Guatemala is on the verge of a political coup amid election turmoil. In the country’s recent presidential election, progressive candidate Bernardo Arévalo secured his victory with 58% of the votes, defeating the former first lady Sandra Torres’s 37%. The unprecedented victory of this dark horse candidate has provoked wrath and fear in the country’s political and economic elites. Attempts have been made to suspend his political party, the Movimiento Semilla, and block his inauguration in January.
Arévalo’s victory comes as a surprise to many, as most pre-election polls ranked him in last place. Known as “Tío Bernie” or “Uncle Bernie” among his supporters, Arévalo centered his campaign on tackling corruption, poverty, and inequality. As the son of Guatemala’s first democratically-elected leader, whom the people fondly remember, Arévalo gradually won the hearts of voters who had lost hope in the country’s status quo, marked by widespread violence and corruption. The spread of corruption and impunity enjoyed by government officials gained momentum in Guatemala after former president Jimmy Morales discontinued the United Nations-backed International Commission Against Impunity (CICIG) in 2018. Morales, at the time facing a CICIG investigation due to allegations of illegal campaign donations, reasoned that the commission violated Guatemala’s constitutional law and threatened national security. Thousands of CICIG supporters, deeming the action a regression toward authoritarianism, protested Morales’ decision. As Guatemala’s democracy hung in the balance, Morales’ successor Alejandro Giammattei, the incumbent president, took office with the promise to combat corruption. However, that promise was an empty one. Giammattei soon cracked down on magistrates who worked with the U.N. commission and journalists who voiced opposition against graft. He forced almost 30 judges, magistrates, and prosecutors to flee from the country and replaced them with his loyalists.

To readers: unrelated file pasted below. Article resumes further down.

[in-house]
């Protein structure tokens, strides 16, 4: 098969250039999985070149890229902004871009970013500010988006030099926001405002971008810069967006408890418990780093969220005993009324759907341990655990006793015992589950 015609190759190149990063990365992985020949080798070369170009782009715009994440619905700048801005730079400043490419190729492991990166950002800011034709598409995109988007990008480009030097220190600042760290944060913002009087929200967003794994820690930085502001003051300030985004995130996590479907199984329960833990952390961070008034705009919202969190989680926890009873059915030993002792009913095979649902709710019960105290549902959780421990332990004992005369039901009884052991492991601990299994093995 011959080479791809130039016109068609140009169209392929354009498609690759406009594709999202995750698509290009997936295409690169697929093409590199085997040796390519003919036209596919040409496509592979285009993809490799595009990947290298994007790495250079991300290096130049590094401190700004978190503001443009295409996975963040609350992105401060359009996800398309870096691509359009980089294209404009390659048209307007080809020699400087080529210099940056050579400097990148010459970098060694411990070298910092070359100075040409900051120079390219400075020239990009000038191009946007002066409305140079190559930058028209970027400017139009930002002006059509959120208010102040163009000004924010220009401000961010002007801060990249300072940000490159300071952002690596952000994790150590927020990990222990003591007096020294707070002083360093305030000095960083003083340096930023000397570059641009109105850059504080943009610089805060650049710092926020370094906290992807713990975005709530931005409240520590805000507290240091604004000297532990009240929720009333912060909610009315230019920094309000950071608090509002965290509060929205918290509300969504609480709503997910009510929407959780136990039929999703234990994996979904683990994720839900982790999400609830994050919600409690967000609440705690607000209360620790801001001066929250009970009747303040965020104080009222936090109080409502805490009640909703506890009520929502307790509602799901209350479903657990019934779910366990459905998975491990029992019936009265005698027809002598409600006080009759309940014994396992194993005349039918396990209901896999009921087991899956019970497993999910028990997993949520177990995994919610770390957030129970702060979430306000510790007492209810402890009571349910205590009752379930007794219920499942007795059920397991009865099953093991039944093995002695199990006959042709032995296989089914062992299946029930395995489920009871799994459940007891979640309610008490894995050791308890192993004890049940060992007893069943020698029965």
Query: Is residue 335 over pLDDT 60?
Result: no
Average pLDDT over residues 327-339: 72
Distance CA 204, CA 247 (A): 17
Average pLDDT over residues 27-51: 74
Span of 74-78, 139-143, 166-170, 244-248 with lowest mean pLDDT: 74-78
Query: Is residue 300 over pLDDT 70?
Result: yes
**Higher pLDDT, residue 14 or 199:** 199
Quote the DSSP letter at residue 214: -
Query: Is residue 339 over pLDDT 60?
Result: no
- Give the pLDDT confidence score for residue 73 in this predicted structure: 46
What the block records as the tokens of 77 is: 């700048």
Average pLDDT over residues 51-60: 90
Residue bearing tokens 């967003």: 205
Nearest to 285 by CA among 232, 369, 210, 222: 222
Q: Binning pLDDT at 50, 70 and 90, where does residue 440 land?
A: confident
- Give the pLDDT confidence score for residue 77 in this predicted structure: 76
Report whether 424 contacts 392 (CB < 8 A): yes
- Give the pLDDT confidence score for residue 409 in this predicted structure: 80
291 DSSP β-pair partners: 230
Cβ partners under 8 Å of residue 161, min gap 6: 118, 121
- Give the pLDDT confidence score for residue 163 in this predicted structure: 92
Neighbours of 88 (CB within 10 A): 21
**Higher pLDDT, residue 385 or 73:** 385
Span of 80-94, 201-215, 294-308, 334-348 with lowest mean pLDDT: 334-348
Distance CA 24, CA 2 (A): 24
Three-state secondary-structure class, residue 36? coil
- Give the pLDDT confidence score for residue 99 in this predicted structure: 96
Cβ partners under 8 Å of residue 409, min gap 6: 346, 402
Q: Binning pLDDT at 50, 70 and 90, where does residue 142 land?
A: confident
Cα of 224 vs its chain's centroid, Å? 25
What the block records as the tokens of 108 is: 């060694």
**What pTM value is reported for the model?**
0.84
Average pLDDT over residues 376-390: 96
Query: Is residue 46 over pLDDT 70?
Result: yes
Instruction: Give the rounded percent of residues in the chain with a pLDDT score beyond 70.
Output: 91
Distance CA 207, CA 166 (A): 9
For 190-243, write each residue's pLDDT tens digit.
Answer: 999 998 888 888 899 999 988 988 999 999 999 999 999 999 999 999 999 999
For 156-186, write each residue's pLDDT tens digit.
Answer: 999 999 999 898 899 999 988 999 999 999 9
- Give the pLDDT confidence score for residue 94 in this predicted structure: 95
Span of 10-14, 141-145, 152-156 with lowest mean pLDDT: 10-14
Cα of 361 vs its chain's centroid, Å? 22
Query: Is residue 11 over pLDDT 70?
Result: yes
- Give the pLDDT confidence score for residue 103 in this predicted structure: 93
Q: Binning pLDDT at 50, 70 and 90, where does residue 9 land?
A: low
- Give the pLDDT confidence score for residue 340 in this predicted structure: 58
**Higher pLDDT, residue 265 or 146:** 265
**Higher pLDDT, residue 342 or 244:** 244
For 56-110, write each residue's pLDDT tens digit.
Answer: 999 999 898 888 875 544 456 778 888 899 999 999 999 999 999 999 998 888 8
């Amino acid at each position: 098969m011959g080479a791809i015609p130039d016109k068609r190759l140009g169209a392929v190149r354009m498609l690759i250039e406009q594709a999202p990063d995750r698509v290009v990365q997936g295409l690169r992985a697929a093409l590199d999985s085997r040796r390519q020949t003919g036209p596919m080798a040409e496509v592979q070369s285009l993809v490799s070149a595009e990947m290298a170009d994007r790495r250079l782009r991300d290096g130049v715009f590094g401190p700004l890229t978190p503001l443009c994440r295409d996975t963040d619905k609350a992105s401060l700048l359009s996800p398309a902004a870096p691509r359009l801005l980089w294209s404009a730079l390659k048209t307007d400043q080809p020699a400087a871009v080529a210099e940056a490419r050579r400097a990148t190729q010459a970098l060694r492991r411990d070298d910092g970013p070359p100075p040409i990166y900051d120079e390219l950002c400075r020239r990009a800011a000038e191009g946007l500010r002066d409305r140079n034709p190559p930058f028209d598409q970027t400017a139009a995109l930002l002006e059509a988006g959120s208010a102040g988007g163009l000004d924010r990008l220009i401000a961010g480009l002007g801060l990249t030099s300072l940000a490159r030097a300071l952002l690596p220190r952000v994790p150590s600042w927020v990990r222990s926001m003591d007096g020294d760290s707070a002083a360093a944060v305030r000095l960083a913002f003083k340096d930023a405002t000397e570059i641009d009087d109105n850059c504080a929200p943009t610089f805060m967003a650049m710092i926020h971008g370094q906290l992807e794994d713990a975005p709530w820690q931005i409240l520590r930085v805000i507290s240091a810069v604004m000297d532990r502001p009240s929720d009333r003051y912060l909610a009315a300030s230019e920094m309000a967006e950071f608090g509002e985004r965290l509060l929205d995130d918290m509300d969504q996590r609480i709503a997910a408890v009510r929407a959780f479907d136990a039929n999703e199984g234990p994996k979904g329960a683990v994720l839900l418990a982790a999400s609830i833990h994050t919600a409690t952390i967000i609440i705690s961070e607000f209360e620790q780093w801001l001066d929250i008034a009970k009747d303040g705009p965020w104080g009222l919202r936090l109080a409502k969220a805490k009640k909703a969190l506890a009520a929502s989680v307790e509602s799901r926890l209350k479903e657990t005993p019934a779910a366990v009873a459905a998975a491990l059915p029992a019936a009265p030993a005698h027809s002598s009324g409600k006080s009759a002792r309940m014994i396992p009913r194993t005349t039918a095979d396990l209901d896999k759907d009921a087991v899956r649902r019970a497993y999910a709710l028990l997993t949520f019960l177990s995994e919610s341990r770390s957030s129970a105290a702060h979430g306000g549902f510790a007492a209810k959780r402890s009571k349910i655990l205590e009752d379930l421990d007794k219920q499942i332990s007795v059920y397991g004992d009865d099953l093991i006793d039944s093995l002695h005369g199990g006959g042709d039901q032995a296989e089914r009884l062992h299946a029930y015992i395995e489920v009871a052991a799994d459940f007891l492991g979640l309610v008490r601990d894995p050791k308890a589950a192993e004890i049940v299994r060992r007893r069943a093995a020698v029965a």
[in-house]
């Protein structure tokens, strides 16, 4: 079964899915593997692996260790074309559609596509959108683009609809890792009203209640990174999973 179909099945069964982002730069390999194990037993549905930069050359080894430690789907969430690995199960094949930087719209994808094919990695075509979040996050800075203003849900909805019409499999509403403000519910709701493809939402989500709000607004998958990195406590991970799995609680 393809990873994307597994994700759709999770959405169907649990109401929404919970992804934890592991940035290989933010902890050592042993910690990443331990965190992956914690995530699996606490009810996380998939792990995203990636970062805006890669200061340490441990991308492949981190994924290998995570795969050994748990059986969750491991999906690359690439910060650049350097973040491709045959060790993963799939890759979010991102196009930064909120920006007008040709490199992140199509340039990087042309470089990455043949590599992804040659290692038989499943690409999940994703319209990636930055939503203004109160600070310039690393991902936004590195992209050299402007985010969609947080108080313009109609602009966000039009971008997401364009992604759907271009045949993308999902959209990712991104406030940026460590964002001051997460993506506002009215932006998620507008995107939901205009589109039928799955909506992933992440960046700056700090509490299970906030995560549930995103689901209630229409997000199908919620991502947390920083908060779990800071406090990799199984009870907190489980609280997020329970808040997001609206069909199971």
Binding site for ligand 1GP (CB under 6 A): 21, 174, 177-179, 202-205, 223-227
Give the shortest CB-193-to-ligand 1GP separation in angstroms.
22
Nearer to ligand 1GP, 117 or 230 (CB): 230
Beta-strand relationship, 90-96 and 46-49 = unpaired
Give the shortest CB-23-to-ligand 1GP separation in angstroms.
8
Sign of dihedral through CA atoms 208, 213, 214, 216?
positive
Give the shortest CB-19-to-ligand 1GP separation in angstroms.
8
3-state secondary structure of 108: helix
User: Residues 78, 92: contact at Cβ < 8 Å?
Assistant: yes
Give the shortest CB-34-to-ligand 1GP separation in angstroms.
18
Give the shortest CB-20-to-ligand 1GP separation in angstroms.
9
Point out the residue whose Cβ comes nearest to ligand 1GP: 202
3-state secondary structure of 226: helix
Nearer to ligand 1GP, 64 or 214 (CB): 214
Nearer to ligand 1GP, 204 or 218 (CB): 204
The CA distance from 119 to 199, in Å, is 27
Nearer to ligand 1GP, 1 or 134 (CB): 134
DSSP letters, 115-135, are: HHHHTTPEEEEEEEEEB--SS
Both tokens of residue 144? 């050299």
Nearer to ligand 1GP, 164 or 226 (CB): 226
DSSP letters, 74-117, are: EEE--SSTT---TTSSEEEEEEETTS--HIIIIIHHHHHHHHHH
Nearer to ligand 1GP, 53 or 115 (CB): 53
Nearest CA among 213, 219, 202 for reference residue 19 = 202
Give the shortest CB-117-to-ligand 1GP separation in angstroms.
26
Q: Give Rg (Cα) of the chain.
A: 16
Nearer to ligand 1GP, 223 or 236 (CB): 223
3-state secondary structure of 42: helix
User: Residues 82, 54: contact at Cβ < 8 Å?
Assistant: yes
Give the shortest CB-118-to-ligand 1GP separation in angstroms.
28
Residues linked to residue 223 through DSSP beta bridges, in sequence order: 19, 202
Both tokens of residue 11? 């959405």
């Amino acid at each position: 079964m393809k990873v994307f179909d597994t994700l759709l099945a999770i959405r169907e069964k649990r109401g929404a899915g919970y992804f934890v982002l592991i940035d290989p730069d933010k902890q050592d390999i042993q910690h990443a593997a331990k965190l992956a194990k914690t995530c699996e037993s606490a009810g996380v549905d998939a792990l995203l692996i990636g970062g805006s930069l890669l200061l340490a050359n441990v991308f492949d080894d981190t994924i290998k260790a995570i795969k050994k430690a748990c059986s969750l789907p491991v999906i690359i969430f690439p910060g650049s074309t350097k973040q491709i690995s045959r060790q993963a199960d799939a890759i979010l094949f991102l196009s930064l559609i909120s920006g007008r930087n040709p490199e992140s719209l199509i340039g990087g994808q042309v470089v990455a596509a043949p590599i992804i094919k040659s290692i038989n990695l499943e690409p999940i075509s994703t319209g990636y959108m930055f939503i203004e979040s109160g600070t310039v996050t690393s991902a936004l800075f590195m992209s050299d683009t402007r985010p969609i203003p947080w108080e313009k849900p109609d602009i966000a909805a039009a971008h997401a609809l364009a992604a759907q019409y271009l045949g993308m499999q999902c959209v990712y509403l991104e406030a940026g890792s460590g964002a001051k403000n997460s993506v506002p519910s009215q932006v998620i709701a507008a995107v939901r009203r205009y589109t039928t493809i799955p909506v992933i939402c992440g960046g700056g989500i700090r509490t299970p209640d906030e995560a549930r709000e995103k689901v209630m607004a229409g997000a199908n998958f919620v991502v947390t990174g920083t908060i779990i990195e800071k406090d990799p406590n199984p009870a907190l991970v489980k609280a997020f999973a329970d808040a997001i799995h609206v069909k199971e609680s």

Guatemala’s economic and political elites have penetrated the nation’s justice system, manipulating the scales of justice to serve their interests. At the beginning of this year’s election, the Supreme Electoral Tribunal suspended the presidential candidacies of many who publicly supported anti-corruption efforts, arousing suspicion over its real motivations. Repeatedly disappointed by corruption scandals associated with political candidates, Guatemalans lost faith in their government. During the first round of presidential voting, more people cast null votes (17.38%) than for any candidate, signifying Guatamalans’ disenchantment with the existing political system. Among all the candidates, former first lady Sandra Torres ranked first with 15.86% of the votes and Bernardo Arévalo faced a runoff with 11.77%. Torres, leader of the social democratic party National Unity of Hope, allied with President Alejandro Giammattei and led her party to drift rightward. Through her campaign, she depicted Arévalo as a radical leftist who jeopardized the country’s conservative values. However, as a three-time presidential candidate, Torres herself faced similar accusations in prior left-leaning campaigns. In 2019, Torres received house arrest for charges of illicit campaign financing, but a judge later dismissed the case. This former first lady exemplifies Guatemala’s political turbulence with persistent corruption threatening the very bedrock of democratic values. To many Guatemalans, a presidency under Torres means the continuation of the current state, but a presidency under Arévalo embodies fresh hope for stronger governance through anti-graft crackdowns.